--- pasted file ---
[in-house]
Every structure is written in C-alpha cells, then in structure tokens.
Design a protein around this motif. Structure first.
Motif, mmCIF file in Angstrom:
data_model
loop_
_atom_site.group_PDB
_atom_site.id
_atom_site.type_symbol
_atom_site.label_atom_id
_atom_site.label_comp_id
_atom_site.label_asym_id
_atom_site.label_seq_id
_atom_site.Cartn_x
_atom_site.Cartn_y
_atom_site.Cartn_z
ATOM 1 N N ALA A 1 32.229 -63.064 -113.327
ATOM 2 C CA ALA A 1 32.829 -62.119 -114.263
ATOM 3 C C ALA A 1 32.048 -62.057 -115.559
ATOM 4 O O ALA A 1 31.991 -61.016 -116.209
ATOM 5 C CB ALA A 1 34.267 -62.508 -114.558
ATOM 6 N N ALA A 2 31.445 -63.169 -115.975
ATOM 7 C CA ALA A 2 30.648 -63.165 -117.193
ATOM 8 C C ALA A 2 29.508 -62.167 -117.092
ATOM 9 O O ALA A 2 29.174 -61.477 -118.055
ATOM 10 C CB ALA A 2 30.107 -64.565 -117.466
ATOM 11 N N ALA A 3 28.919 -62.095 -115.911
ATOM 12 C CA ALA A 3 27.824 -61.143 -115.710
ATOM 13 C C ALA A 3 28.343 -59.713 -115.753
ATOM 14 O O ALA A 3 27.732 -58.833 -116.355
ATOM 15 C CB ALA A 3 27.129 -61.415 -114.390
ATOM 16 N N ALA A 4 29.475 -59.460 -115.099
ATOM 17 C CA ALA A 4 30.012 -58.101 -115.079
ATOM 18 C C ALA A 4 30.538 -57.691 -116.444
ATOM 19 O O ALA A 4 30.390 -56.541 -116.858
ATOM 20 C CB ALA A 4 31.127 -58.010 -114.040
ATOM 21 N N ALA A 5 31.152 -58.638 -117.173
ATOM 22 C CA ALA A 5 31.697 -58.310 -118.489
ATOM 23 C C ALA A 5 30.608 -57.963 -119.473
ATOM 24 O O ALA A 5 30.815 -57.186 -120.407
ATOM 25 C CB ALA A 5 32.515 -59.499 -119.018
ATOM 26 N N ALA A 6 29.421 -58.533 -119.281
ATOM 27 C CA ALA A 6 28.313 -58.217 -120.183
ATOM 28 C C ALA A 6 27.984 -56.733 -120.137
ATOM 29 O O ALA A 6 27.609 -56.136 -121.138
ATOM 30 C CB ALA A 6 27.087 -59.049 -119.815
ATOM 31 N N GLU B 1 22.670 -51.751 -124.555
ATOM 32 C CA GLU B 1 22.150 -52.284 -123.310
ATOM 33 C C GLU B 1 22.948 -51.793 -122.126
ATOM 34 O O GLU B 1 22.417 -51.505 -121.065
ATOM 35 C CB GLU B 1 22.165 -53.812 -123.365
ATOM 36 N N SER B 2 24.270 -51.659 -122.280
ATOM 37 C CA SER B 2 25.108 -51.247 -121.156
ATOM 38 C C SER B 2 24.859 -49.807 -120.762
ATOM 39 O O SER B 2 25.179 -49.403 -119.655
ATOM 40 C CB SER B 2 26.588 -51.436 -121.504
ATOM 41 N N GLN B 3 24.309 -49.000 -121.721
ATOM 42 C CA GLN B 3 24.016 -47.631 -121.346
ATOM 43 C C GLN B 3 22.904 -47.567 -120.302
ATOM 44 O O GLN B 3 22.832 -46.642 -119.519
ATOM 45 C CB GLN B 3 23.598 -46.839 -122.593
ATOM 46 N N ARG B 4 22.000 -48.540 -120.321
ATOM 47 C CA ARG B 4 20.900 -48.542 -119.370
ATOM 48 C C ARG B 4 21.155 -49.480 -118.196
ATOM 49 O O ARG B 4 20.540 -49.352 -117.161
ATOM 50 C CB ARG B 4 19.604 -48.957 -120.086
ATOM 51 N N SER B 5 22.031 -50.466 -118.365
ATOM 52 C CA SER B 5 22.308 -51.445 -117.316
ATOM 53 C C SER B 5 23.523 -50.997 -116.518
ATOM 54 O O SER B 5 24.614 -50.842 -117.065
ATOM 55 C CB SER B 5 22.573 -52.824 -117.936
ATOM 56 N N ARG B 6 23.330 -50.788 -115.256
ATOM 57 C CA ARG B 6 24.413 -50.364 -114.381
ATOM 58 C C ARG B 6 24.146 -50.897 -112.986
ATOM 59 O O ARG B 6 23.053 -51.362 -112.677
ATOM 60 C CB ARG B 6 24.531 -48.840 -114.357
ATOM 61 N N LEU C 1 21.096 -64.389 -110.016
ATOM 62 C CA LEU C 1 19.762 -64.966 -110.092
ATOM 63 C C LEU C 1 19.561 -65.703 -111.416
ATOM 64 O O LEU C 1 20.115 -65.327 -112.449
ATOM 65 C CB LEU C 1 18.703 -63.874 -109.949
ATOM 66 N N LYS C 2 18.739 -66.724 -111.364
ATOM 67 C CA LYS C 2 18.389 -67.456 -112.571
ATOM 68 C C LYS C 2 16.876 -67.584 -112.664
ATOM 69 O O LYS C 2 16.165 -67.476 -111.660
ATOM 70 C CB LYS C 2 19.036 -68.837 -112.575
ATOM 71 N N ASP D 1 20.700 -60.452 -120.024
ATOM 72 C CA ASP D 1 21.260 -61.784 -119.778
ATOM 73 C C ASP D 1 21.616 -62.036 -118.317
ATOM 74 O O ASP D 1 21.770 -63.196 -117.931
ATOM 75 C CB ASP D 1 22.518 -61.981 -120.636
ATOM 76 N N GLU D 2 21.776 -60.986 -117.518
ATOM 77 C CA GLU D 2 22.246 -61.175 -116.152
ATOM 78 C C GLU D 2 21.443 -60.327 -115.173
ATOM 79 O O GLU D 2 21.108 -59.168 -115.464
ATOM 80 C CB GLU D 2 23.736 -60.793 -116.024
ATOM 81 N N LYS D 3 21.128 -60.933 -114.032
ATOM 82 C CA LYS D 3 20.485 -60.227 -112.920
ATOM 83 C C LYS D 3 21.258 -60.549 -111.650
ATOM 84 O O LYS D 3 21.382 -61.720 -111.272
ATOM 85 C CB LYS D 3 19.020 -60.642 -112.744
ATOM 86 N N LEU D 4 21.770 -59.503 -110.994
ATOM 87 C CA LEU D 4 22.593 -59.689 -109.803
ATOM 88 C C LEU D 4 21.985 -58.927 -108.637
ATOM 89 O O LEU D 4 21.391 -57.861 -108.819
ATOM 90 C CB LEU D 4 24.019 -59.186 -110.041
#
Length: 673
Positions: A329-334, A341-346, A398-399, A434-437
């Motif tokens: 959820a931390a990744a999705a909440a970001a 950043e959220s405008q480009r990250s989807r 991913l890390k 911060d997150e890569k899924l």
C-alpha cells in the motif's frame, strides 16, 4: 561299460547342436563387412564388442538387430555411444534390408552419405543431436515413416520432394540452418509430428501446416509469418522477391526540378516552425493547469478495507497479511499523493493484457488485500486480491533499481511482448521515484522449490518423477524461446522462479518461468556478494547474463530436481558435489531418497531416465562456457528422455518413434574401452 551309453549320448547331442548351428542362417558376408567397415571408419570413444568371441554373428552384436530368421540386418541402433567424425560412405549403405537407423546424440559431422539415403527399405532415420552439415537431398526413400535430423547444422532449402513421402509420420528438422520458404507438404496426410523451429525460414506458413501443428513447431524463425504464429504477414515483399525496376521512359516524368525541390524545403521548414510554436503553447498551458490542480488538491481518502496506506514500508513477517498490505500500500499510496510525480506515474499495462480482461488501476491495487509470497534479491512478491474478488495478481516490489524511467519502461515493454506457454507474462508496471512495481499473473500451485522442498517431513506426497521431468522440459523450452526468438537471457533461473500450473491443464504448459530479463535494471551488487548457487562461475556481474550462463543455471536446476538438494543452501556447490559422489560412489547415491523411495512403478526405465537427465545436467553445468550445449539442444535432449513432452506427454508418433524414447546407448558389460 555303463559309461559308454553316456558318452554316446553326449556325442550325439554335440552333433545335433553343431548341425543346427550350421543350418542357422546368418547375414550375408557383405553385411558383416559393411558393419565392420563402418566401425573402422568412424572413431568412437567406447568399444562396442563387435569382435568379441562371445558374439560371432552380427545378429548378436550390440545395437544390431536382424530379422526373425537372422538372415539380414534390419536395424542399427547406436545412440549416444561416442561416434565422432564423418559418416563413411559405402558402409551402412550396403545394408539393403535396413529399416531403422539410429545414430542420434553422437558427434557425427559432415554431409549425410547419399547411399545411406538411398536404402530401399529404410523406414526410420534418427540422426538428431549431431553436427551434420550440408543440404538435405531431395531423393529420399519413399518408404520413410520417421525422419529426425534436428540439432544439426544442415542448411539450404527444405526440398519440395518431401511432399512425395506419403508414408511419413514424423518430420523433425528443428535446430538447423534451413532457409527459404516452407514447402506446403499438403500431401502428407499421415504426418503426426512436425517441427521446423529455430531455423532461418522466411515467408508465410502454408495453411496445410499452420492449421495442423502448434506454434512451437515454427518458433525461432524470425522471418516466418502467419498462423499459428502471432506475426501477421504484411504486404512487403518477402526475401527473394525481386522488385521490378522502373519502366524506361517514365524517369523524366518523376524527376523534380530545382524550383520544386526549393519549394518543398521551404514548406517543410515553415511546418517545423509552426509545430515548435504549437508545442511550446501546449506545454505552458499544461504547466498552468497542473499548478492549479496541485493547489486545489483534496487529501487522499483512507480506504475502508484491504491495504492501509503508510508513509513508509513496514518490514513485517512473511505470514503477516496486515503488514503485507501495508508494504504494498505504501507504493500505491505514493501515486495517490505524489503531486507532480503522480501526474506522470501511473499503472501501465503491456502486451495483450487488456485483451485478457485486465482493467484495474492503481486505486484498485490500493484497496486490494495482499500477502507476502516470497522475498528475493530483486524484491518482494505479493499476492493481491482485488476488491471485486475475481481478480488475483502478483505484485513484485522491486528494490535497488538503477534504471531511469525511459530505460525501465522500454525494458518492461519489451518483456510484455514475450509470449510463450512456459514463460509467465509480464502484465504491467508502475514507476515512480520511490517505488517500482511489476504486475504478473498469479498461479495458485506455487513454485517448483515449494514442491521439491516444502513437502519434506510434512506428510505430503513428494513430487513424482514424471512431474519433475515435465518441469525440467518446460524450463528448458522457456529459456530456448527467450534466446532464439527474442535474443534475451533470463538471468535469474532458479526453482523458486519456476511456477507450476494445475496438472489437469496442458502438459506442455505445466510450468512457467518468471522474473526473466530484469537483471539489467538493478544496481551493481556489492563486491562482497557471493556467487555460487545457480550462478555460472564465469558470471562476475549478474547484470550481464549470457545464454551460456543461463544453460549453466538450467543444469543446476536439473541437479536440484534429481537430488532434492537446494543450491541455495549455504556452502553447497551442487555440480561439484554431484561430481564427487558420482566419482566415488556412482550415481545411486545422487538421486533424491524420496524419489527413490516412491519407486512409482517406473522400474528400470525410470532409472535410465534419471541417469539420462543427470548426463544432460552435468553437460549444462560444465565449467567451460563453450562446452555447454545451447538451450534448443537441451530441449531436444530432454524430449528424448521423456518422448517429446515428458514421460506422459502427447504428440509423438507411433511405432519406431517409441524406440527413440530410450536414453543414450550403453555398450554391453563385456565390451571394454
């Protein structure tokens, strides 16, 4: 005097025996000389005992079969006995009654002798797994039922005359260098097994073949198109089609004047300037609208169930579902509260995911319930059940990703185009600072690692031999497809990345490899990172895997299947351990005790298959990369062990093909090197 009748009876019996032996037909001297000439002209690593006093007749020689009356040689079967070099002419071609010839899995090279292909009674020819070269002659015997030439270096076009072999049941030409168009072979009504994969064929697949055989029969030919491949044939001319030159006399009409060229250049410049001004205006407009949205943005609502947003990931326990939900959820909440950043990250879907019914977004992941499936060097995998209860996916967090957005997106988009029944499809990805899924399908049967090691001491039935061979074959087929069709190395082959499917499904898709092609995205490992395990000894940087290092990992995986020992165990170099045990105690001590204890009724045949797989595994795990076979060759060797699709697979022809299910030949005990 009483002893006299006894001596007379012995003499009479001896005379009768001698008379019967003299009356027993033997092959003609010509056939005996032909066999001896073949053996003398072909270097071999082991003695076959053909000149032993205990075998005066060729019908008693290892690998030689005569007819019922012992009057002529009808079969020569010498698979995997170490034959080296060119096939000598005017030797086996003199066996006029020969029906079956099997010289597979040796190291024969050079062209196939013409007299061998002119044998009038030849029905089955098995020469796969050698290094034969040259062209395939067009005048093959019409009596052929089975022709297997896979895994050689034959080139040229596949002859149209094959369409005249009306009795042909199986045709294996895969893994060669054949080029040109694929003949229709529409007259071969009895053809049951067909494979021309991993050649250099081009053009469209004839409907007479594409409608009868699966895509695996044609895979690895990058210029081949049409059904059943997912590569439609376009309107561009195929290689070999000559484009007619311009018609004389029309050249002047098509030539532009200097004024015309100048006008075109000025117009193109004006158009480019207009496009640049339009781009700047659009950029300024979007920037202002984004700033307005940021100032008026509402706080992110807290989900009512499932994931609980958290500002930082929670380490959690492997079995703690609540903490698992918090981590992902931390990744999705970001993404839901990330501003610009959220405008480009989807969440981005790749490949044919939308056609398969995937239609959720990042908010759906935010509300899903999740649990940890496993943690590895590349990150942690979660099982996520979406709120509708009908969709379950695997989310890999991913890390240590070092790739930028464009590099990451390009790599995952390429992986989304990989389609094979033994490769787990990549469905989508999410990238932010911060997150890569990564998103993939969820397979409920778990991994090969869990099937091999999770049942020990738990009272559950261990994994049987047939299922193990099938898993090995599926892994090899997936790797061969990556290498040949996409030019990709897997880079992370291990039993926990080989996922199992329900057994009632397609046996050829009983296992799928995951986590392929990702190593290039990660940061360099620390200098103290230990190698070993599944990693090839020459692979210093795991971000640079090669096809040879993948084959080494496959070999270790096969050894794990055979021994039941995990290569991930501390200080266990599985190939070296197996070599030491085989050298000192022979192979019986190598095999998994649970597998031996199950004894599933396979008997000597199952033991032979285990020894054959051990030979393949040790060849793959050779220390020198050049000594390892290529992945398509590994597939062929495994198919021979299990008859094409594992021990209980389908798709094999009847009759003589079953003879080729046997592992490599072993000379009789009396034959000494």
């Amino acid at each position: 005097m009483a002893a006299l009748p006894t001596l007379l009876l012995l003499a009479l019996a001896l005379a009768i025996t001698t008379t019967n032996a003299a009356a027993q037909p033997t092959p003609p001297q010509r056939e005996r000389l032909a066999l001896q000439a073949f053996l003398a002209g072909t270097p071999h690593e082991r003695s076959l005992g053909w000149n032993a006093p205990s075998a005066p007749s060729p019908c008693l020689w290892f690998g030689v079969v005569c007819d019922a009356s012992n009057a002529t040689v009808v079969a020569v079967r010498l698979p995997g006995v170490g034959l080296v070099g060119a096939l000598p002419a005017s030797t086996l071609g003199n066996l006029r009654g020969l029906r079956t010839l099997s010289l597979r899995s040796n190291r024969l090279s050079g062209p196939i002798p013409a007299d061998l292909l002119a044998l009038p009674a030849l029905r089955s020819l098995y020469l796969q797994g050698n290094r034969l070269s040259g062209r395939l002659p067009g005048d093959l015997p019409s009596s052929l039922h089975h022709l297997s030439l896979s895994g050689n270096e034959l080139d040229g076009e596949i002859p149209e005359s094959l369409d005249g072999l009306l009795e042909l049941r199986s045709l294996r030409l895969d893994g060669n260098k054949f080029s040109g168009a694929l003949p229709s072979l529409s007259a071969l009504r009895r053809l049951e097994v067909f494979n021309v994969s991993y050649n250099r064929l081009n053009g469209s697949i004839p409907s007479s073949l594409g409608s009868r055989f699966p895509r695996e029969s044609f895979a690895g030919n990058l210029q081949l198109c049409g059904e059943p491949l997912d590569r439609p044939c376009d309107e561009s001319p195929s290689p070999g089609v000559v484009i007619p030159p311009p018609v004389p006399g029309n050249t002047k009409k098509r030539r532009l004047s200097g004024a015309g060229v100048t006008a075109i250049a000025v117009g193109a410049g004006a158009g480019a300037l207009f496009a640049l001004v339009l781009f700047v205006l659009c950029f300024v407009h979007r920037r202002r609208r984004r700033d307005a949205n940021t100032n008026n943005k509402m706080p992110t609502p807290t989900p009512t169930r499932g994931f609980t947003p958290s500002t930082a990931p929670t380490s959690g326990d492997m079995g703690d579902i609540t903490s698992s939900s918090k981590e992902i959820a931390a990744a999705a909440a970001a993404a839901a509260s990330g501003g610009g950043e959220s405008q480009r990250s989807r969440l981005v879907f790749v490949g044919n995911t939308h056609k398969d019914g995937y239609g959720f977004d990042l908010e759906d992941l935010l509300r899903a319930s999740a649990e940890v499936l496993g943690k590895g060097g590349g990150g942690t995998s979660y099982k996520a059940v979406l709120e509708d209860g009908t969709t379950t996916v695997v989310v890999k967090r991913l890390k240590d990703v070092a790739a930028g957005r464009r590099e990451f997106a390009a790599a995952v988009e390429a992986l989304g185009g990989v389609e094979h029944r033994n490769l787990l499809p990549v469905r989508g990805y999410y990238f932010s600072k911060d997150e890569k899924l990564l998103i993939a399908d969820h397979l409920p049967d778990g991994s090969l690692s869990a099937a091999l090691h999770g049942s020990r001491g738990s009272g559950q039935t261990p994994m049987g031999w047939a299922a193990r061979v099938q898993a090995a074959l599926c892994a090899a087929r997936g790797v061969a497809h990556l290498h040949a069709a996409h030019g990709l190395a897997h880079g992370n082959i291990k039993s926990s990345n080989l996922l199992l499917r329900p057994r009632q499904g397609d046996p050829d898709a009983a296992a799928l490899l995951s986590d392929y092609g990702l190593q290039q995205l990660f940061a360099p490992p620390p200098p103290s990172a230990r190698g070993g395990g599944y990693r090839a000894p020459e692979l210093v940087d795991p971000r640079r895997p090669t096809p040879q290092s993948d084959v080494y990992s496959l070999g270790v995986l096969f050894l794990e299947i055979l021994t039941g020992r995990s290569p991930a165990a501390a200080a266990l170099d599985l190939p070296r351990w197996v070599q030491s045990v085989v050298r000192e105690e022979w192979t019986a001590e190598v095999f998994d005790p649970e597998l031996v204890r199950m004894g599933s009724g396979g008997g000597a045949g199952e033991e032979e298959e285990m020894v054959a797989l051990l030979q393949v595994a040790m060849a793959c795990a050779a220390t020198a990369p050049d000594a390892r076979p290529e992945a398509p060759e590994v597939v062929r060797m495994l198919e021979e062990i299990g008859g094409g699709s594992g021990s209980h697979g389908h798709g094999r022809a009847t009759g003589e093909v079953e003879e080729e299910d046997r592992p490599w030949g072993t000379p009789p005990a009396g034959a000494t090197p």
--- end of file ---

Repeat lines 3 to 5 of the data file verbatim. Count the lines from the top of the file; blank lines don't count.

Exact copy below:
Design a protein around this motif. Structure first.
Motif, mmCIF file in Angstrom:
data_model